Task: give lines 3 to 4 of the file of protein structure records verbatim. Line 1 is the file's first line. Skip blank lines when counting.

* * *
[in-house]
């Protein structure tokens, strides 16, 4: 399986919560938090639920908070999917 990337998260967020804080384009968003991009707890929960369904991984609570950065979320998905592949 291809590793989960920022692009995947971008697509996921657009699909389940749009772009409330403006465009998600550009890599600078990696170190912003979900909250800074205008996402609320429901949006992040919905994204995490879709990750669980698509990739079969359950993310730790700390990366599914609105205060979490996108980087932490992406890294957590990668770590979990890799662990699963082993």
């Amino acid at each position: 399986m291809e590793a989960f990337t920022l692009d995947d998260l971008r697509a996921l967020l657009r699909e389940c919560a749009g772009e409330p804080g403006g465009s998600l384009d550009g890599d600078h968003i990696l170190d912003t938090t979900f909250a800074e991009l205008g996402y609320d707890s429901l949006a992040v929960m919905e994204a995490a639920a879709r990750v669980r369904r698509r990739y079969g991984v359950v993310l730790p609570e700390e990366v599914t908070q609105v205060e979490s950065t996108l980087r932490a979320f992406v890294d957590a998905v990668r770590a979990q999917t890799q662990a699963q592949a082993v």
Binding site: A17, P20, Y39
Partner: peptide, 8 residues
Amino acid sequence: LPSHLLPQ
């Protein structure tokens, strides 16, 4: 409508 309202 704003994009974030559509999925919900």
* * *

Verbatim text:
């Amino acid at each position: 399986m291809e590793a989960f990337t920022l692009d995947d998260l971008r697509a996921l967020l657009r699909e389940c919560a749009g772009e409330p804080g403006g465009s998600l384009d550009g890599d600078h968003i990696l170190d912003t938090t979900f909250a800074e991009l205008g996402y609320d707890s429901l949006a992040v929960m919905e994204a995490a639920a879709r990750v669980r369904r698509r990739y079969g991984v359950v993310l730790p609570e700390e990366v599914t908070q609105v205060e979490s950065t996108l980087r932490a979320f992406v890294d957590a998905v990668r770590a979990q999917t890799q662990a699963q592949a082993v």
Binding site: A17, P20, Y39